Ahh, spring, when love is in the air and shelters become overrun with kittens. While an unspayed cat can have about three litters of kittens a year (that’s well over a dozen new cats!), it seems shelters are always overrun with pregnant cats and newborn kittens from March to September. That is a long kitten season! For a no-kill shelter like us, that means we would quickly reach full capacity with kittens alone.
That is where our foster program comes in. Fosters who have experience with mother cats give birth may take in a pregnant cat and give her a safe place to have her babies. New fosters might start with mother cats who have already had their kittens, or they may be bold and try bottle-feeding orphan kittens.
Pregnant momma cats and kittens take up most of our cat foster roster, but we also have a need for patient dog fosters. Our dog fosters especially help with stressed dogs or dogs with medical concerns, helping these dogs relax in a home environment while they wait for adoption while training the dogs to learn new ways to cope with their anxiety.
But what does it actually take to be a foster for the SPCA? What are the costs? How much time do you have to dedicate to it? What if you fall in love with the foster animal and want to adopt them yourself? For the last question, we call that a “foster fail”, and we LOVE foster fails! We may still ask for an adoption fee from our fosters if they decide to adopt, but please read on to see how much we put into making this program as painless as possible.
To be a foster for the SPCA, you must fill out a foster family application form. This form will ask questions to make sure you have room for the fosters in your house, that your lifestyle is conducive to the loving and patient environment that our animals need, and that if you have pets of your own that they and the fosters will get along safely or have a safe space away from each other. Then when your application is approved and on file, once we take in an animal that matches your fostering interests, we will contact you. This may take only days to months depending on our animal intake, but the more reliable fosters we have to count on, the more animals we can take on the responsibility of caring for.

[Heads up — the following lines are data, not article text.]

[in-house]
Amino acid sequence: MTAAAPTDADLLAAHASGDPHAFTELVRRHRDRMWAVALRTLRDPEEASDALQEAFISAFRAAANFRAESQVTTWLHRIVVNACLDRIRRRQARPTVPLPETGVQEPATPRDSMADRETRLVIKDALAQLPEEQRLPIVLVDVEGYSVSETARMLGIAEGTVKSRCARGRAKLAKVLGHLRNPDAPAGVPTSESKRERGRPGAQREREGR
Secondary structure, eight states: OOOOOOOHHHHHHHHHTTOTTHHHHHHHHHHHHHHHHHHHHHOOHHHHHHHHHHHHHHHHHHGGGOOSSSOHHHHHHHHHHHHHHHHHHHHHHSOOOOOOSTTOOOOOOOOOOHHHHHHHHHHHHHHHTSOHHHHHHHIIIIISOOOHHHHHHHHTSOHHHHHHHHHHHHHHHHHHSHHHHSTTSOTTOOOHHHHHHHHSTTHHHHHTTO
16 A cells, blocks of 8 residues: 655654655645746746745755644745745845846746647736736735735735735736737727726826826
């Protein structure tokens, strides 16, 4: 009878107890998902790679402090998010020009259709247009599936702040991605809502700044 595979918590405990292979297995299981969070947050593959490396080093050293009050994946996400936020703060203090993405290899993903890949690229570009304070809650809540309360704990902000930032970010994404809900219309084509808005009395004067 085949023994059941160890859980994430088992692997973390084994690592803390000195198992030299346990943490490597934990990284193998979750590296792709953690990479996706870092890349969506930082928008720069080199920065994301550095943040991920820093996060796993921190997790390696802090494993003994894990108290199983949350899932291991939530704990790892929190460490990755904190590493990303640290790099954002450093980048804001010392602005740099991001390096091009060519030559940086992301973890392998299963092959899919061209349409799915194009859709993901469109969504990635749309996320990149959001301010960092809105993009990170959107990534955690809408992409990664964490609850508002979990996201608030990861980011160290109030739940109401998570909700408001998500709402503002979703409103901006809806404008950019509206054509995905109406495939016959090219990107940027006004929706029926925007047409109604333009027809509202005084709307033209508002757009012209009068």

We do not want our fosters to worry about the financial costs of these animals. We will provide fosters with food, toys, bedding, litter boxes and scratching posts, and any other materials you may need for the care of the animal. We also cover all medical expenses, including their vaccines, microchipping, and spay and neuter surgeries, along with providing medicine and arranging vet care as needed. We want our fosters to focus on providing a safe, fear-free environment filled with love to help these animals through whatever trial they are facing.
Foster periods vary depending on your circumstances and what you’re taking on. For mom cats and kittens, it’s usually until the kittens are 8 weeks old. That’s when they’re typically big enough to return to the shelter and be prepped for adoption at 12 weeks old. They typically remain at the shelter after this point, unless they already have a home lined up.
When fostering dogs, the commitment can be longer or shorter, usually depending on how quickly the dog is adopted. We try our best not to upset the progress that these dogs make when they’re in a consistent and safe environment, so our hope is that they stay in one foster home until adoption. If that is not possible because of circumstances, then we typically find a new foster to transition the dog to after it is returned to the shelter.
If we stuffed our facility to the brim, we could accommodate up to 10 dogs and 40 cats. With the help of our dear foster families, we can save more precious lives and avoid the stress of overcrowding. It also gives these animals a chance, often their first, to adapt to life in a loving home, better preparing them for their furever homes once they’re adopted.
Does fostering for us sound perfect to you? Then please fill out an application today! We would love to work alongside you.